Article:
Indian Journal of Sexually Transmitted Diseases and AIDS
CASE REPORTS
Year
: 2021  |  Volume : 42  |  Issue : 2  |  Page : 153--155

Mucous patch of secondary syphilis masquerading as leukokeratosis: An atypical presentation


Arushi Jain, Kriti Maheshwari, Kalpana Gupta, Sanjay Meena 
 Department of Dermatology, Venereology and Leprology, Geetanjali Medical College and Hospital, Udaipur, Rajasthan, India

Correspondence Address:
Dr. Sanjay Meena
Department of Dermatology, Venereology and Leprology, Geetanjali Medical College and Hospital, Udaipur, Rajasthan
India

Abstract

Syphilis is known to inflict human being since long. It has varied clinical presentations. Atypical presentations are not uncommon and may jeopardize the clinical acumen of experienced clinician. Here, we are reporting a case of syphilis presenting as a sole manifestation in oral cavity.



How to cite this article:
Jain A, Maheshwari K, Gupta K, Meena S. Mucous patch of secondary syphilis masquerading as leukokeratosis: An atypical presentation.Indian J Sex Transm Dis 2021;42:153-155


How to cite this URL:
Jain A, Maheshwari K, Gupta K, Meena S. Mucous patch of secondary syphilis masquerading as leukokeratosis: An atypical presentation. Indian J Sex Transm Dis [serial online] 2021 [cited 2022 Jun 26 ];42:153-155
Available from: https://www.ijstd.org/text.asp?2021/42/2/153/330025


Full Text



 Introduction



Leukokeratosis is a white patch or plaque that cannot be characterized clinically or pathologically as any other disease.[1] It can be discerned from lichen planus, white sponge nevus and morsicatio buccarum, erythema multiforme, stomatitis, pemphigus, candidiasis, oral gonorrhea, and other sexually transmitted diseases (STDs) clinically.[2] While being primarily asymptomatic and noncancerous, mystery surrounds its etiology. Leukokeratosis could also be a presentation of secondary syphilis. Syphilis is a STD caused by spirochaete Treponema pallidum. It has clinically varied presentations. The natural course of the disease has been divided into four stages: primary, secondary, latent, and tertiary. Secondary syphilis sometimes presents with only oral mucous patches. Secondary syphilis presents predominantly in mucocutaneous tissues as macular, maculopapular, pustular, and rarely nodular rash after a latent period. Atypical presentations are not uncommon and our case emphasizes the importance of suspecting mucocutaneous syphilis in differential diagnosis of solitary oral white mucocutaneous patch.[3]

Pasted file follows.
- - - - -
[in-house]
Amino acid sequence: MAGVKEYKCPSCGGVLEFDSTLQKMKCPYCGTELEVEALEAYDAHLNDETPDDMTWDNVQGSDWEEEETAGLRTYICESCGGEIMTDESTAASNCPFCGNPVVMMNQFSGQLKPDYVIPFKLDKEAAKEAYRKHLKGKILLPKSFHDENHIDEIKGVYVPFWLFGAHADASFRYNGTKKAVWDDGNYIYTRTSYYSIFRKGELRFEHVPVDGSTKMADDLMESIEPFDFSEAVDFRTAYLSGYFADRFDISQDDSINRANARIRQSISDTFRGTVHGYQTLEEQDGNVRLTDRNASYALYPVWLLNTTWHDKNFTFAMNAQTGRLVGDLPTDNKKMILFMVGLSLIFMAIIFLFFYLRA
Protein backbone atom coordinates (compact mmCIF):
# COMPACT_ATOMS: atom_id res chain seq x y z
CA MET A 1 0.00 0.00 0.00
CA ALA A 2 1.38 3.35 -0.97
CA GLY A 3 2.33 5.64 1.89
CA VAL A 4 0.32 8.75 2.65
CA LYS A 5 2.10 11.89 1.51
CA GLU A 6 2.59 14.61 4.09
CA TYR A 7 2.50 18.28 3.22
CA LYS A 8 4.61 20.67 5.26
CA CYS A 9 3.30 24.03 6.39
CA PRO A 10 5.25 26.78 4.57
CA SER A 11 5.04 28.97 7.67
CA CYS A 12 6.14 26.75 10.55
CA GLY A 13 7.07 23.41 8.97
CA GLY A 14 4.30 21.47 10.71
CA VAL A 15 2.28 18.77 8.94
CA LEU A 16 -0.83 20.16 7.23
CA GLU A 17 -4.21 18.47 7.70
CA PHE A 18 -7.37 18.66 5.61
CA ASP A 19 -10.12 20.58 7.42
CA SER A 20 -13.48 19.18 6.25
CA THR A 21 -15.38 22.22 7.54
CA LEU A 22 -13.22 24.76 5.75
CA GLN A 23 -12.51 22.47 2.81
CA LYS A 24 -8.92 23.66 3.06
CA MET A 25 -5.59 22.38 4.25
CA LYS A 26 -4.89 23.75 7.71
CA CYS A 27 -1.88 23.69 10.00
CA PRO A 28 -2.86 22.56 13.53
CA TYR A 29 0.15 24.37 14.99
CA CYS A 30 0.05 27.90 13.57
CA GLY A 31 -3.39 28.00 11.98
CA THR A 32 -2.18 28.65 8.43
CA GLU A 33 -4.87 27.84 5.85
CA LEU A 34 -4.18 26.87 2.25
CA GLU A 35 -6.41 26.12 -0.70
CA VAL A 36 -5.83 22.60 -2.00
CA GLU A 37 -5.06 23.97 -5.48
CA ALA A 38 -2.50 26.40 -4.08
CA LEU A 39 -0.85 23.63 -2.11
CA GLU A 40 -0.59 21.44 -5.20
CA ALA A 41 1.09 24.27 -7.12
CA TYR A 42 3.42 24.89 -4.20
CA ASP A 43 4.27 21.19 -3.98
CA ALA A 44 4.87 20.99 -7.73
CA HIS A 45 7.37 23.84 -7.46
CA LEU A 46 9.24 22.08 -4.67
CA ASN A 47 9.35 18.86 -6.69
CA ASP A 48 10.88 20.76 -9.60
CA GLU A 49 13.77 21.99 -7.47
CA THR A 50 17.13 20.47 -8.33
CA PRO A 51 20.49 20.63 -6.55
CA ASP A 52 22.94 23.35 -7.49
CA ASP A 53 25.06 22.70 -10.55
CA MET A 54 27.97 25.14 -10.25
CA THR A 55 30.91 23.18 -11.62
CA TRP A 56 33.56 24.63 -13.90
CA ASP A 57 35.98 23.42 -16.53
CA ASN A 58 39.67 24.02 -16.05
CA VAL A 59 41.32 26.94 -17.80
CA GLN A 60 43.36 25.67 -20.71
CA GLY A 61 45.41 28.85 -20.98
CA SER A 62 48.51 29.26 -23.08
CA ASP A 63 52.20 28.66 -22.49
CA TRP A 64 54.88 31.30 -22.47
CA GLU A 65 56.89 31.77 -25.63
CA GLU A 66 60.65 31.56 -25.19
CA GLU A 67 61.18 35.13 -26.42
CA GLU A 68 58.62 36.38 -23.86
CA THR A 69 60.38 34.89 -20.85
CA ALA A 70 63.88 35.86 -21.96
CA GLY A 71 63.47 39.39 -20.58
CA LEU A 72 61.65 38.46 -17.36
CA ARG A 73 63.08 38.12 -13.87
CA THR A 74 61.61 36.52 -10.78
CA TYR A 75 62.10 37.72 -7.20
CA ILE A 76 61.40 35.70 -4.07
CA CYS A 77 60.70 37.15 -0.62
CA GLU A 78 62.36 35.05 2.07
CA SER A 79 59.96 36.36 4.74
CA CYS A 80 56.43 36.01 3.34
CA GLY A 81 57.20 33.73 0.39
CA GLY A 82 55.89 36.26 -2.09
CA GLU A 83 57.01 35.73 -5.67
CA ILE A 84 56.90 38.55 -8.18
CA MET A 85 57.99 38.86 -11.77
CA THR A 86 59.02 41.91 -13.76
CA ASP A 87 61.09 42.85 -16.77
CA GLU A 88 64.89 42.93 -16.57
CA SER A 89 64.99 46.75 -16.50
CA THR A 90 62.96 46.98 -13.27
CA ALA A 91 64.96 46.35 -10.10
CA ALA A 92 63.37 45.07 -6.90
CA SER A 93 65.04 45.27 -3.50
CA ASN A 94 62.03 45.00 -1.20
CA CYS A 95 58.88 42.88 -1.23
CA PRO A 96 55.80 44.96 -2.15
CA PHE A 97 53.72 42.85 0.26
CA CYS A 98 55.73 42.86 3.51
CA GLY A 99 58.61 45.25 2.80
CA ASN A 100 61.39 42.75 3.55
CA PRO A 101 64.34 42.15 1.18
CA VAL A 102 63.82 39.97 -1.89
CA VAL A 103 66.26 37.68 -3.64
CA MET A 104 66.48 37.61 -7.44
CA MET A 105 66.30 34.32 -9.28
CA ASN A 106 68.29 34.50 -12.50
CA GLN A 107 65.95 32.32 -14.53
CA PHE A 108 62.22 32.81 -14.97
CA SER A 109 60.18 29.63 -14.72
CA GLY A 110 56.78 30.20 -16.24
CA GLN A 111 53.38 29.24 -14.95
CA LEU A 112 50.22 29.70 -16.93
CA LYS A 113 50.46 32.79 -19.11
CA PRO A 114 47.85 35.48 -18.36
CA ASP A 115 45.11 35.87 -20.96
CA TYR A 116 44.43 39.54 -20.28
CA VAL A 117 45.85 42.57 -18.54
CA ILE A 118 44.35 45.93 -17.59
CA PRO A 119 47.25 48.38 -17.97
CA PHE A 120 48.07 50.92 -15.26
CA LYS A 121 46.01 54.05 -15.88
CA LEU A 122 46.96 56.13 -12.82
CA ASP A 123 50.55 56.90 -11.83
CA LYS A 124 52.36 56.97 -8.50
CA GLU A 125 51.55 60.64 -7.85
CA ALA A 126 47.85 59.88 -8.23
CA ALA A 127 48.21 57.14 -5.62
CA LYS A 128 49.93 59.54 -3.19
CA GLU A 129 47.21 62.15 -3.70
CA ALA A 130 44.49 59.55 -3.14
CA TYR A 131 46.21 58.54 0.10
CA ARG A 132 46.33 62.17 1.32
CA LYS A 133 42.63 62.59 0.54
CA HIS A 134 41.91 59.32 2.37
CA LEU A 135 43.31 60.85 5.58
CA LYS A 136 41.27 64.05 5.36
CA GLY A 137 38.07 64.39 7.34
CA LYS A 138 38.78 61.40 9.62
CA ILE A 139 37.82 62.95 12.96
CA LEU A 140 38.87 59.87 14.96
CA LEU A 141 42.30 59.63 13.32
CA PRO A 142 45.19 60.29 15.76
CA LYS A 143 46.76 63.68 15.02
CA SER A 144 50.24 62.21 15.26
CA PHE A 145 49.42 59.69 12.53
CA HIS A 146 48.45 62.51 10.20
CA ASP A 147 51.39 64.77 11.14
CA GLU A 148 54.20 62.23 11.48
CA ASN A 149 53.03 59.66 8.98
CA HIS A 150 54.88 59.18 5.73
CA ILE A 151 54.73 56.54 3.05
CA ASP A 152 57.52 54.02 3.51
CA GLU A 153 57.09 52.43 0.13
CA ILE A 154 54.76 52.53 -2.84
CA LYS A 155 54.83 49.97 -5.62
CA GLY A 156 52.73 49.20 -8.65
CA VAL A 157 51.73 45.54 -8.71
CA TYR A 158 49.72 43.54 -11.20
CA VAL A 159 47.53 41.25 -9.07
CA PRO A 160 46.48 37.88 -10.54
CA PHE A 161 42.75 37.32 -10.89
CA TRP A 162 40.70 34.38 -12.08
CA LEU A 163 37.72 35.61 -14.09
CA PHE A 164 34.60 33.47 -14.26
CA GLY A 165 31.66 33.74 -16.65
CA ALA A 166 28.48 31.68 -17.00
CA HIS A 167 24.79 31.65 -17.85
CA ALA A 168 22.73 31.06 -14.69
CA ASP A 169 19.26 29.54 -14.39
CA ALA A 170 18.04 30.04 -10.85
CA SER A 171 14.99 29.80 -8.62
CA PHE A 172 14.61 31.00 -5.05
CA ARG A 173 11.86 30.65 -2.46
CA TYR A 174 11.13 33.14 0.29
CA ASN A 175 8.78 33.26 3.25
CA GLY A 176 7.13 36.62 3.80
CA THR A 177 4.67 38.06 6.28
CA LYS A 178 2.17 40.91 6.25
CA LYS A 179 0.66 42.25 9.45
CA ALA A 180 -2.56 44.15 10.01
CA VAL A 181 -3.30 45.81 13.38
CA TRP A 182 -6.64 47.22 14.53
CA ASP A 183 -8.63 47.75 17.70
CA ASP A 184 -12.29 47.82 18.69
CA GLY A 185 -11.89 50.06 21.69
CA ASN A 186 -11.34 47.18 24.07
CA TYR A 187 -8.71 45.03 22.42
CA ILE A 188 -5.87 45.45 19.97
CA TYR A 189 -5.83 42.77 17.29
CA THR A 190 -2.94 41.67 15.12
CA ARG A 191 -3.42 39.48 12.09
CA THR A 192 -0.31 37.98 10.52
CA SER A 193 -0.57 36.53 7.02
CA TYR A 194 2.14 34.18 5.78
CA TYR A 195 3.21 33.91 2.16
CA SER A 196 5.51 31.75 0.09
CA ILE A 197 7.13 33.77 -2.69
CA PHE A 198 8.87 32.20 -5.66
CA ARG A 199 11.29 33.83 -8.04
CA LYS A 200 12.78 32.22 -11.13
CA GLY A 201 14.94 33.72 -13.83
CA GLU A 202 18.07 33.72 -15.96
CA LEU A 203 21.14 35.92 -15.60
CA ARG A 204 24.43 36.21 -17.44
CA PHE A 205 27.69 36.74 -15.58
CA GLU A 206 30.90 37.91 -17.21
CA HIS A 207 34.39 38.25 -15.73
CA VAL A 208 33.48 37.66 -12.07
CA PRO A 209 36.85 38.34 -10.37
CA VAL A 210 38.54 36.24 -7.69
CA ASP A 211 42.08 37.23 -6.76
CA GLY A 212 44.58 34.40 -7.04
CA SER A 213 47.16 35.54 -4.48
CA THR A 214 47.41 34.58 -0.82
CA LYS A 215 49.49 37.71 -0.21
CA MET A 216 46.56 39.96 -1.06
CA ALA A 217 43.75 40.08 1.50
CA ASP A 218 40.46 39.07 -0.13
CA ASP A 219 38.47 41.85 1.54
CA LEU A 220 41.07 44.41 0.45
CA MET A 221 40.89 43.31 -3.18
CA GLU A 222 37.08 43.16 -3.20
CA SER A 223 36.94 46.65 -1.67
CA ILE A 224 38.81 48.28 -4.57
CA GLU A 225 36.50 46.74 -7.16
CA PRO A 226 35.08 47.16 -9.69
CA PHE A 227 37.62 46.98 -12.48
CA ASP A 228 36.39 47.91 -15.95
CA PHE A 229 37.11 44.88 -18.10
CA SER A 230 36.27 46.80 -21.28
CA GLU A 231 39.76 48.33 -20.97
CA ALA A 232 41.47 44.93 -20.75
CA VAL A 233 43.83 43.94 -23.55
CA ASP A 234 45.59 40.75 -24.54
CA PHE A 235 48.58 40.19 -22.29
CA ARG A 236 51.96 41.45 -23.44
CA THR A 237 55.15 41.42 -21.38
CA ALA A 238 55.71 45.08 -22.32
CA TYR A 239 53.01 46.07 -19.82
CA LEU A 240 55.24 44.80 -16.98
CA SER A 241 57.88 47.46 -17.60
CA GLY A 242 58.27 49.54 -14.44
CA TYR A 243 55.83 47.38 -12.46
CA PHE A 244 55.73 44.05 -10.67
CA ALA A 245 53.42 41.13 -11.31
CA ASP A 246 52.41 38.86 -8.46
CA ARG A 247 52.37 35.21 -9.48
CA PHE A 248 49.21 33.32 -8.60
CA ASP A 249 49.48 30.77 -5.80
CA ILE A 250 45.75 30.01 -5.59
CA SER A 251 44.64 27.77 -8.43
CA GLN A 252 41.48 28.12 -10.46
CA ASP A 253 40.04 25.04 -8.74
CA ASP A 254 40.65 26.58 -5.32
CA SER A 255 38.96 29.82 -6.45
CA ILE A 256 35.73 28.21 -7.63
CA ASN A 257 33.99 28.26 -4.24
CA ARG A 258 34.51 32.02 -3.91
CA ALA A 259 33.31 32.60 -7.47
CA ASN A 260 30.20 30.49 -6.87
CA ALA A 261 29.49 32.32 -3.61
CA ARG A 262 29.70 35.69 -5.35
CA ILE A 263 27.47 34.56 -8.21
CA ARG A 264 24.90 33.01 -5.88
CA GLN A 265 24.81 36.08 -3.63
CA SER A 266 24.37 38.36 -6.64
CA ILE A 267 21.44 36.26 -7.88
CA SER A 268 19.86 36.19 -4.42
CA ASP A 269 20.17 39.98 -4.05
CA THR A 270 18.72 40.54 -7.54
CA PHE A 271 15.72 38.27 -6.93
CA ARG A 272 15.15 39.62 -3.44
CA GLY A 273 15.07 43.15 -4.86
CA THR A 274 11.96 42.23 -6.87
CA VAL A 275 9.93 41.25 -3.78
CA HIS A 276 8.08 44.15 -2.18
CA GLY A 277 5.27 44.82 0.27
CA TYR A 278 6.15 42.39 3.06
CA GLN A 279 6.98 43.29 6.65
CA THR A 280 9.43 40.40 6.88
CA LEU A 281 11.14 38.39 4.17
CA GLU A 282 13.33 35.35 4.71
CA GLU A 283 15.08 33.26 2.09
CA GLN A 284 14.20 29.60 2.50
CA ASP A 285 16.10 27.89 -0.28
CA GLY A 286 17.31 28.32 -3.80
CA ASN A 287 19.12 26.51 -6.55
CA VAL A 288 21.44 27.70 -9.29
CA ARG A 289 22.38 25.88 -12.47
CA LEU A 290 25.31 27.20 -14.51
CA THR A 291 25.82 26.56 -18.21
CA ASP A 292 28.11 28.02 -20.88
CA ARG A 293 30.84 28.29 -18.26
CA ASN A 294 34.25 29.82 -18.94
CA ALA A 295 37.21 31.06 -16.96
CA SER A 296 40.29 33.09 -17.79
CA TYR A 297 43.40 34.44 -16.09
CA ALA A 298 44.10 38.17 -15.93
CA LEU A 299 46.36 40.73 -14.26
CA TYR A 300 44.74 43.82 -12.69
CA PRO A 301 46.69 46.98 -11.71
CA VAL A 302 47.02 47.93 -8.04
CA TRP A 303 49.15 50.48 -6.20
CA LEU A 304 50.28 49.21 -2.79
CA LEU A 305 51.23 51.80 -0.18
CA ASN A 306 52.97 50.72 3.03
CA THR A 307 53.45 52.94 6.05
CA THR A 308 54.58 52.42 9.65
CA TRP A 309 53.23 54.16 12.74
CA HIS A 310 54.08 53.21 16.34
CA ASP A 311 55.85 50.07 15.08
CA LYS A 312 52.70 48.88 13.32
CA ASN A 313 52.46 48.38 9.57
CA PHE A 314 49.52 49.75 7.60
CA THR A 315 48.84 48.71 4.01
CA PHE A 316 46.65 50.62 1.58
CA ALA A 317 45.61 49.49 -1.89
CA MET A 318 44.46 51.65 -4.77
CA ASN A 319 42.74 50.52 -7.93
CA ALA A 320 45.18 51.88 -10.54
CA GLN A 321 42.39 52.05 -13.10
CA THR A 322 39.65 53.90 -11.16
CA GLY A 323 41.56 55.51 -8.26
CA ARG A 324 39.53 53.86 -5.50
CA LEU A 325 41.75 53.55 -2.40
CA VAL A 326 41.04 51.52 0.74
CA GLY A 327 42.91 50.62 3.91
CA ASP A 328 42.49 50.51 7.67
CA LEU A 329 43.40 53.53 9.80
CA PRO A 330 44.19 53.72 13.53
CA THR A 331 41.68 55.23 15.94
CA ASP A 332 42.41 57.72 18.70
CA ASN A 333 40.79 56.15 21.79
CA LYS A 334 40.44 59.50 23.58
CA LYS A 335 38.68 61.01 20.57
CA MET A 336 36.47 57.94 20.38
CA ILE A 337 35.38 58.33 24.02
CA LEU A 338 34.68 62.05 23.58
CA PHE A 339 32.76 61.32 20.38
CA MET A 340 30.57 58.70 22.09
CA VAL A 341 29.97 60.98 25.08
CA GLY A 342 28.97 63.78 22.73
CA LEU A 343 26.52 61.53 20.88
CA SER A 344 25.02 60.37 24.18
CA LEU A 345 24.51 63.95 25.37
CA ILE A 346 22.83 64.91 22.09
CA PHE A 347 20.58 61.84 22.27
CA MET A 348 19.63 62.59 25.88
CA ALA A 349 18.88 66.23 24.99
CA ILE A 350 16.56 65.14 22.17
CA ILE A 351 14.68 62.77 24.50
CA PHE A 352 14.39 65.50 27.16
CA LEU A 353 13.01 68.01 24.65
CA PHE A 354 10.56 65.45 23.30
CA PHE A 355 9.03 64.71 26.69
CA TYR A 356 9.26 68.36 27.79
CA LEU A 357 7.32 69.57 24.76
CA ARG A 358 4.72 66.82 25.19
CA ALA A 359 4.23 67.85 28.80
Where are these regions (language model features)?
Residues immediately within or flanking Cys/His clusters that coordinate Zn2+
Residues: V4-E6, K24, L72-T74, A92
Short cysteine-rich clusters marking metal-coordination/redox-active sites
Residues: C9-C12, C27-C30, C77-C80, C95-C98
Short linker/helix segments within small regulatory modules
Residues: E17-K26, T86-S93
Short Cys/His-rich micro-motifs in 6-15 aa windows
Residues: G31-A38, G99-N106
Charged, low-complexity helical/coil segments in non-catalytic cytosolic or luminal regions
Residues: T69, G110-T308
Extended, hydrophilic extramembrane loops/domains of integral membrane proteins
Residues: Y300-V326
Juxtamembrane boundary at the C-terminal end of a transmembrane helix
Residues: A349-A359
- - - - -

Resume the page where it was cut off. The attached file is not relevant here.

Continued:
Case Report



A 19-year-old male presented with asymptomatic oral mucosal white lesion over inner aspect of lower lip [Figure 1]. On enquiry, lesion was noticed 20 days back. On detailed inspection, multiple lesions of similar morphology were seen over buccal mucosa. Hard palate had ulcerative lesion with serpiginous margin [Figure 2]. Differential diagnosis of leukokeratosis oral candidiasis and mucous patch of syphilis was considered, and workup was done accordingly. There was no history of unprotected sexual contact, oral sex, fever, dysphagia, odynophagia, and weight loss. The general physical examination did not reveal any specific finding. No cutaneous lesions were observed elsewhere on the body. The lesion from the lower lip was subjected to histopathological examination in addition to the routine investigations. The investigations (complete blood count, liver and kidney function tests, erythrocyte sedimentation rate, Mantoux test and chest X ray) reveal normal results. KOH smear from the lesion was negative, serum hepatitis B surface antigen, hepatitis C virus, and HIV ELISA were nonreactive. VDRL (1:16) with serial dilution and TPHA was reactive. These clinical and laboratory finding favors the diagnosis of mucous patches of secondary syphilis which was further established by histopathological findings [Figure 3]. We treated the patient with 2.4 million IU of benzathiane penicillin intramuscularly. Complete resolution of lesions was obtained by 1 month [Figure 4].{Figure 1}{Figure 2}{Figure 3}{Figure 4}